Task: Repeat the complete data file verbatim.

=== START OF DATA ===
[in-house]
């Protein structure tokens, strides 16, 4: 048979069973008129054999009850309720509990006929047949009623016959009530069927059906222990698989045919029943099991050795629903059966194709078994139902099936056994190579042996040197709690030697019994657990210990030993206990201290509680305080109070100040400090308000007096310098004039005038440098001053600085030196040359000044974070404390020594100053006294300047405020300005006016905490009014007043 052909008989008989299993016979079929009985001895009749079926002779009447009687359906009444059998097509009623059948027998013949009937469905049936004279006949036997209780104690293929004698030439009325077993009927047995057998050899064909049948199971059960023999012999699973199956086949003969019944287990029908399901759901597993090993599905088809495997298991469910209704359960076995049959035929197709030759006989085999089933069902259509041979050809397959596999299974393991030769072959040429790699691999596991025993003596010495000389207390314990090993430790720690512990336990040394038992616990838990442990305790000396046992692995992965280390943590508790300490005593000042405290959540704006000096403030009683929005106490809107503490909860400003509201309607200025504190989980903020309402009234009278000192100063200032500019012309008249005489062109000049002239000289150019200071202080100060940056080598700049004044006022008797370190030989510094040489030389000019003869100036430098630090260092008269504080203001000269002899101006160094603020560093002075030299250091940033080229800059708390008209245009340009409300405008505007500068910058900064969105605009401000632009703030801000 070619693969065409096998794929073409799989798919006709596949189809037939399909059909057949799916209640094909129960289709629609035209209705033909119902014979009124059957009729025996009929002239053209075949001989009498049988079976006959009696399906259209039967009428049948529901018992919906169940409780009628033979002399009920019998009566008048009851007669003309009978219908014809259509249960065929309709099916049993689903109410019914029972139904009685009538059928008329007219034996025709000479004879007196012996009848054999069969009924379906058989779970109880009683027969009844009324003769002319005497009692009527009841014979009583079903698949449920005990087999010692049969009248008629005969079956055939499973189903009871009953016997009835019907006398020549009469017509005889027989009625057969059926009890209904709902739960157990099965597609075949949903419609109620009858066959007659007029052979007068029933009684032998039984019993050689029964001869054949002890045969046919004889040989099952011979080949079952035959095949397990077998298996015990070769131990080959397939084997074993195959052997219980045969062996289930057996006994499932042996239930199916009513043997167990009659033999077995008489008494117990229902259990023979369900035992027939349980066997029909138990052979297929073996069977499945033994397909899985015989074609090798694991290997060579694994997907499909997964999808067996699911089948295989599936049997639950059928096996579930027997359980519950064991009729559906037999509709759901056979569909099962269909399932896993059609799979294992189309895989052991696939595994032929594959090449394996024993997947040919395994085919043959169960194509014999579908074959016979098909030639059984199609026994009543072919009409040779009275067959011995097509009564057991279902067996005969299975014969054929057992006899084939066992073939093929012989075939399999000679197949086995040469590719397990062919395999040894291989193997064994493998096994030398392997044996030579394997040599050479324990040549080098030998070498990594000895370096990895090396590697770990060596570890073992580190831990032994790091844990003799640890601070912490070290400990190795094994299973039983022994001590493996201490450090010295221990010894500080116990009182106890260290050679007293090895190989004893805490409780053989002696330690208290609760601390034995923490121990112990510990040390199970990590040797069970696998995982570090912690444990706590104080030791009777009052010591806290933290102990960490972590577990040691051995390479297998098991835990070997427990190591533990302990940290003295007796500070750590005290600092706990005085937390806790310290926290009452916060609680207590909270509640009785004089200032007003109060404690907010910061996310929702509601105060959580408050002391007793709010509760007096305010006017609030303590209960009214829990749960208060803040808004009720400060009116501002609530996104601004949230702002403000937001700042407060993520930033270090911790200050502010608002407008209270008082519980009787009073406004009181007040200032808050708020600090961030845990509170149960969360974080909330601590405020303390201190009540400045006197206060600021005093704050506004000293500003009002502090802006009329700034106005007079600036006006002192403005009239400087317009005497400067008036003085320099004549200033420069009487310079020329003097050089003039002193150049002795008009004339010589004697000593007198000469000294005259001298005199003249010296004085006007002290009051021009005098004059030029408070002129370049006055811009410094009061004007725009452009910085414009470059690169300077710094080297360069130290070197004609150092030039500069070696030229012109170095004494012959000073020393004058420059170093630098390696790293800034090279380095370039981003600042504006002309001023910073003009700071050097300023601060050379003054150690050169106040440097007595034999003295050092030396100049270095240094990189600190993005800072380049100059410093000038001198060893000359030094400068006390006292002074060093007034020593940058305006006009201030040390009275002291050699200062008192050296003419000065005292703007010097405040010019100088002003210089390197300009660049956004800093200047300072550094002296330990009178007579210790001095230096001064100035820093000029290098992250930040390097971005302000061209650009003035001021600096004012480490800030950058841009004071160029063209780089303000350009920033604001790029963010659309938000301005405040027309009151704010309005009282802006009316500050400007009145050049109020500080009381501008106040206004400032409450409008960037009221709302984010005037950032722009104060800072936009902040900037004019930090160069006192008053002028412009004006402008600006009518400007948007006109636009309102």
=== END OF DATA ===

[in-house]
């Protein structure tokens, strides 16, 4: 048979069973008129054999009850309720509990006929047949009623016959009530069927059906222990698989045919029943099991050795629903059966194709078994139902099936056994190579042996040197709690030697019994657990210990030993206990201290509680305080109070100040400090308000007096310098004039005038440098001053600085030196040359000044974070404390020594100053006294300047405020300005006016905490009014007043 052909008989008989299993016979079929009985001895009749079926002779009447009687359906009444059998097509009623059948027998013949009937469905049936004279006949036997209780104690293929004698030439009325077993009927047995057998050899064909049948199971059960023999012999699973199956086949003969019944287990029908399901759901597993090993599905088809495997298991469910209704359960076995049959035929197709030759006989085999089933069902259509041979050809397959596999299974393991030769072959040429790699691999596991025993003596010495000389207390314990090993430790720690512990336990040394038992616990838990442990305790000396046992692995992965280390943590508790300490005593000042405290959540704006000096403030009683929005106490809107503490909860400003509201309607200025504190989980903020309402009234009278000192100063200032500019012309008249005489062109000049002239000289150019200071202080100060940056080598700049004044006022008797370190030989510094040489030389000019003869100036430098630090260092008269504080203001000269002899101006160094603020560093002075030299250091940033080229800059708390008209245009340009409300405008505007500068910058900064969105605009401000632009703030801000 070619693969065409096998794929073409799989798919006709596949189809037939399909059909057949799916209640094909129960289709629609035209209705033909119902014979009124059957009729025996009929002239053209075949001989009498049988079976006959009696399906259209039967009428049948529901018992919906169940409780009628033979002399009920019998009566008048009851007669003309009978219908014809259509249960065929309709099916049993689903109410019914029972139904009685009538059928008329007219034996025709000479004879007196012996009848054999069969009924379906058989779970109880009683027969009844009324003769002319005497009692009527009841014979009583079903698949449920005990087999010692049969009248008629005969079956055939499973189903009871009953016997009835019907006398020549009469017509005889027989009625057969059926009890209904709902739960157990099965597609075949949903419609109620009858066959007659007029052979007068029933009684032998039984019993050689029964001869054949002890045969046919004889040989099952011979080949079952035959095949397990077998298996015990070769131990080959397939084997074993195959052997219980045969062996289930057996006994499932042996239930199916009513043997167990009659033999077995008489008494117990229902259990023979369900035992027939349980066997029909138990052979297929073996069977499945033994397909899985015989074609090798694991290997060579694994997907499909997964999808067996699911089948295989599936049997639950059928096996579930027997359980519950064991009729559906037999509709759901056979569909099962269909399932896993059609799979294992189309895989052991696939595994032929594959090449394996024993997947040919395994085919043959169960194509014999579908074959016979098909030639059984199609026994009543072919009409040779009275067959011995097509009564057991279902067996005969299975014969054929057992006899084939066992073939093929012989075939399999000679197949086995040469590719397990062919395999040894291989193997064994493998096994030398392997044996030579394997040599050479324990040549080098030998070498990594000895370096990895090396590697770990060596570890073992580190831990032994790091844990003799640890601070912490070290400990190795094994299973039983022994001590493996201490450090010295221990010894500080116990009182106890260290050679007293090895190989004893805490409780053989002696330690208290609760601390034995923490121990112990510990040390199970990590040797069970696998995982570090912690444990706590104080030791009777009052010591806290933290102990960490972590577990040691051995390479297998098991835990070997427990190591533990302990940290003295007796500070750590005290600092706990005085937390806790310290926290009452916060609680207590909270509640009785004089200032007003109060404690907010910061996310929702509601105060959580408050002391007793709010509760007096305010006017609030303590209960009214829990749960208060803040808004009720400060009116501002609530996104601004949230702002403000937001700042407060993520930033270090911790200050502010608002407008209270008082519980009787009073406004009181007040200032808050708020600090961030845990509170149960969360974080909330601590405020303390201190009540400045006197206060600021005093704050506004000293500003009002502090802006009329700034106005007079600036006006002192403005009239400087317009005497400067008036003085320099004549200033420069009487310079020329003097050089003039002193150049002795008009004339010589004697000593007198000469000294005259001298005199003249010296004085006007002290009051021009005098004059030029408070002129370049006055811009410094009061004007725009452009910085414009470059690169300077710094080297360069130290070197004609150092030039500069070696030229012109170095004494012959000073020393004058420059170093630098390696790293800034090279380095370039981003600042504006002309001023910073003009700071050097300023601060050379003054150690050169106040440097007595034999003295050092030396100049270095240094990189600190993005800072380049100059410093000038001198060893000359030094400068006390006292002074060093007034020593940058305006006009201030040390009275002291050699200062008192050296003419000065005292703007010097405040010019100088002003210089390197300009660049956004800093200047300072550094002296330990009178007579210790001095230096001064100035820093000029290098992250930040390097971005302000061209650009003035001021600096004012480490800030950058841009004071160029063209780089303000350009920033604001790029963010659309938000301005405040027309009151704010309005009282802006009316500050400007009145050049109020500080009381501008106040206004400032409450409008960037009221709302984010005037950032722009104060800072936009902040900037004019930090160069006192008053002028412009004006402008600006009518400007948007006109636009309102």